Murder Bury Win is overlong and overconfident, with impressive technical aspects that can’t save a losing game.
In building its story around three crowd-funding board game designers, thriller Murder Bury Win makes its indie sensibility resoundingly clear, and keeps its stakes remarkably low. Chris (Mikelen Walker), Adam (Erich Lane), and Barrett (Henry Alexander Kelly) are best friends who think they have stumbled upon a winning game idea, the titular Murder Bury Win, the goal of which is to kill and dispose of a body in the most efficient way possible while avoiding potential setbacks dictated by the board itself. Unsuccessful to say the least, the trio seemingly hit paydirt when they are approached by a mysterious individual (Craig Cackowski) who might just be able to make their dreams come true — but at a price. Soon, the threesome is forced to put its ample knowledge of death and disposal to the test, potentially pushing their friendship to the breaking point in the process.
What would help this setup immensely is if director-writer-producer-editor Michael Lovan had bothered to give our three protagonists any sort of dimension or made them even the least bit likeable, but even that low hurdle isn’t cleared. (Having the character of Adam resemble obnoxious actor extraordinaire Adam DeVine only proves how misguided the intentions are here, and certainly does nothing to engender sympathy.) Murder Bury Win is the kind of film that is far too confident in its own cleverness, little realizing that it’s doing nothing interesting with a scenario that could have been spun into a million different directions, any of them better than what has resulted here. Even at only 90 minutes, the film still feels hopelessly padded, with a second act that drags on for an eternity thanks to the introduction of a needless side character who is clearly supposed to bring both tension and comic relief, but who instead only makes one wish for a stiff, fortifying drink. The ending is especially misguided, an attempt at pathos that comes across as thumpingly moralizing and which is entirely at odds with the dark, “edgy” humor that precedes it. If asked to speak kindly on Murder Bury Win, the technical specs are admittedly on-point, especially for such a low-budget affair. The score by Jonathan Snipes and David Rothbaum is likewise appealing, a jaunty delight beneath the inanity, but implying a good time that never arrives. All told, Murder Bury Win is, unfortunately, a losing game.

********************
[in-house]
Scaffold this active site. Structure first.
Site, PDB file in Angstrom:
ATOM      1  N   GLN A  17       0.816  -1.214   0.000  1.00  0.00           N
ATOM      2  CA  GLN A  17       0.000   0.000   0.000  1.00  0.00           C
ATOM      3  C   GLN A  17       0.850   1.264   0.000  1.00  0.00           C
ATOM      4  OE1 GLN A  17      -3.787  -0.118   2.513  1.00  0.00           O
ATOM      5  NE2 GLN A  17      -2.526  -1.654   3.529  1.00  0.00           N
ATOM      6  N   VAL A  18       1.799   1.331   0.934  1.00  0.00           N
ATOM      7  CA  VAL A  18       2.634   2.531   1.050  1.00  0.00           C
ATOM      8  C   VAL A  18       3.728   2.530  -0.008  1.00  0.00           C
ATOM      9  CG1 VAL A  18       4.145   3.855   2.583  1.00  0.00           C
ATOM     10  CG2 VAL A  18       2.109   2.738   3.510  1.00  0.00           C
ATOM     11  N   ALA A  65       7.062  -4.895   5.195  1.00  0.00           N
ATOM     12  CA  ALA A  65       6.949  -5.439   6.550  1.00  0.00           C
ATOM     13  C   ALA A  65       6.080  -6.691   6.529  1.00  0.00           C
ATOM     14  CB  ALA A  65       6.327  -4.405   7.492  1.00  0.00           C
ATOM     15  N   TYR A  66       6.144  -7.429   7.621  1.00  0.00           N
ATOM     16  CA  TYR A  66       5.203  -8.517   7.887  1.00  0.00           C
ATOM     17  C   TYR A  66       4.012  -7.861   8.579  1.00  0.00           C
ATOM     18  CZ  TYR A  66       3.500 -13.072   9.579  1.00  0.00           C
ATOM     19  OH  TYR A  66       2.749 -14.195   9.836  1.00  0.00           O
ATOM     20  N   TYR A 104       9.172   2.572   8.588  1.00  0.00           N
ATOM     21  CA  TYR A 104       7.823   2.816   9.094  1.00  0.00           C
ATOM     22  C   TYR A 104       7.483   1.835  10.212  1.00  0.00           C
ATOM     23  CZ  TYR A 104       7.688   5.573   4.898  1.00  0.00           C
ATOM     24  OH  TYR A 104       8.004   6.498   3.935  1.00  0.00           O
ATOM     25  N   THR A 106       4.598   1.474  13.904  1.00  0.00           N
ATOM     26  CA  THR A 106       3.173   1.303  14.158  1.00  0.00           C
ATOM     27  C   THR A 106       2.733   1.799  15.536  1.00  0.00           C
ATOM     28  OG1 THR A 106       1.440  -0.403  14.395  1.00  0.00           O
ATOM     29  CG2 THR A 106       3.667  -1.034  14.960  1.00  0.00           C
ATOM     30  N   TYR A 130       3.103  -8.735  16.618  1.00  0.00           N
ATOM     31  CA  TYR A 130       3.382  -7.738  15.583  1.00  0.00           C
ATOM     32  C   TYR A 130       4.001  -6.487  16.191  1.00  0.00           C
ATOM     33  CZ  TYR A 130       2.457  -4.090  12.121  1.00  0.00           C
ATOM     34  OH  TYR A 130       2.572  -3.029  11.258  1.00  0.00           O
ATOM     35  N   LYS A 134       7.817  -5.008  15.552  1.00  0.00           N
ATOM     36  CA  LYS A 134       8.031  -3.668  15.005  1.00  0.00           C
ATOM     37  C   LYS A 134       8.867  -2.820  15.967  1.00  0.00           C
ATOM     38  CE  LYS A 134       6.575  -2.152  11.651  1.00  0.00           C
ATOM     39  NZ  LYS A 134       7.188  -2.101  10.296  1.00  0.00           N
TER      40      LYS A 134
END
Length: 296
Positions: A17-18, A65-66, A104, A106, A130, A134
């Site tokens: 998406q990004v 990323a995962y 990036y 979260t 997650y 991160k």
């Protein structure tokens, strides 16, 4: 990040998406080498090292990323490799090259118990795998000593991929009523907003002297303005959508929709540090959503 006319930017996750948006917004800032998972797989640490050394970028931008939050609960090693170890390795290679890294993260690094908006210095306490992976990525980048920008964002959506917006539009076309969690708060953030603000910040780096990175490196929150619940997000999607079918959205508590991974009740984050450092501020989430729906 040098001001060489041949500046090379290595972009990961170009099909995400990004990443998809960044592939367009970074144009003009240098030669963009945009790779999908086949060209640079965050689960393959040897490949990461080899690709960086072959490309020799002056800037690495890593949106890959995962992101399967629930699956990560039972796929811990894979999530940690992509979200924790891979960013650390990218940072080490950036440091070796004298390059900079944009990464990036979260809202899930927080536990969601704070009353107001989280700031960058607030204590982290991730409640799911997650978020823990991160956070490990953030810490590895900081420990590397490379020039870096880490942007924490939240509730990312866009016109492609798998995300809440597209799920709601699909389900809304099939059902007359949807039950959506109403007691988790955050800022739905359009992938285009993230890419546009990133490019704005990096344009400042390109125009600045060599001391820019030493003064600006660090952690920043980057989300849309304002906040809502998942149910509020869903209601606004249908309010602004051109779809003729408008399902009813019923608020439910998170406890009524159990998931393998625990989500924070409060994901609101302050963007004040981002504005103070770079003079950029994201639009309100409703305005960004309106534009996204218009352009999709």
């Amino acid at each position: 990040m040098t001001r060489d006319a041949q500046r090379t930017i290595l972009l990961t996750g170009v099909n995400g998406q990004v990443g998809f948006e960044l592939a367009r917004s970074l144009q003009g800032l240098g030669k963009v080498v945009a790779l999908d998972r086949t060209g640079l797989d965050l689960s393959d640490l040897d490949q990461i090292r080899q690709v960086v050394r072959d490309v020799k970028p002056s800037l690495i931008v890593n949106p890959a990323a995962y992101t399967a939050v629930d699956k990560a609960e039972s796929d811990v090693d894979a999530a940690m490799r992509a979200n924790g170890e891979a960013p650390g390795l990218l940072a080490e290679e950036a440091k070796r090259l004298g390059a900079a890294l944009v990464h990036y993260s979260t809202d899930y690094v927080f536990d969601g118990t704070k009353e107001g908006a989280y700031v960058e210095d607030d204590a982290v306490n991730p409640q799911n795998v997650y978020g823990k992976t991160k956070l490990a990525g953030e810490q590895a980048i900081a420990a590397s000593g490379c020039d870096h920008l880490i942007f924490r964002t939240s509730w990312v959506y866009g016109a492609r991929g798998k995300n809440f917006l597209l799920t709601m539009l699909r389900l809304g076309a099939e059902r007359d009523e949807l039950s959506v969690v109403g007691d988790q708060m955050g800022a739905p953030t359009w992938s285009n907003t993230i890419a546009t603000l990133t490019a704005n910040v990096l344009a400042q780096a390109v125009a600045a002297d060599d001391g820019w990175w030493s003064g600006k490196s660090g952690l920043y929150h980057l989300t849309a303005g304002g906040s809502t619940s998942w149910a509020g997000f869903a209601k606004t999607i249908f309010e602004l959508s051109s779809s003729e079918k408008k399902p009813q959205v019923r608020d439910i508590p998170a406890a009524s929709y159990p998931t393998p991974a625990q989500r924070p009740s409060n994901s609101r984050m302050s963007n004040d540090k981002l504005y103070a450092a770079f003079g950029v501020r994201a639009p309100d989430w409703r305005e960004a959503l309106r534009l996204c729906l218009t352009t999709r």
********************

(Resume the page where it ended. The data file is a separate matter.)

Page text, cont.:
Published as part of Before We Vanish | April 2021.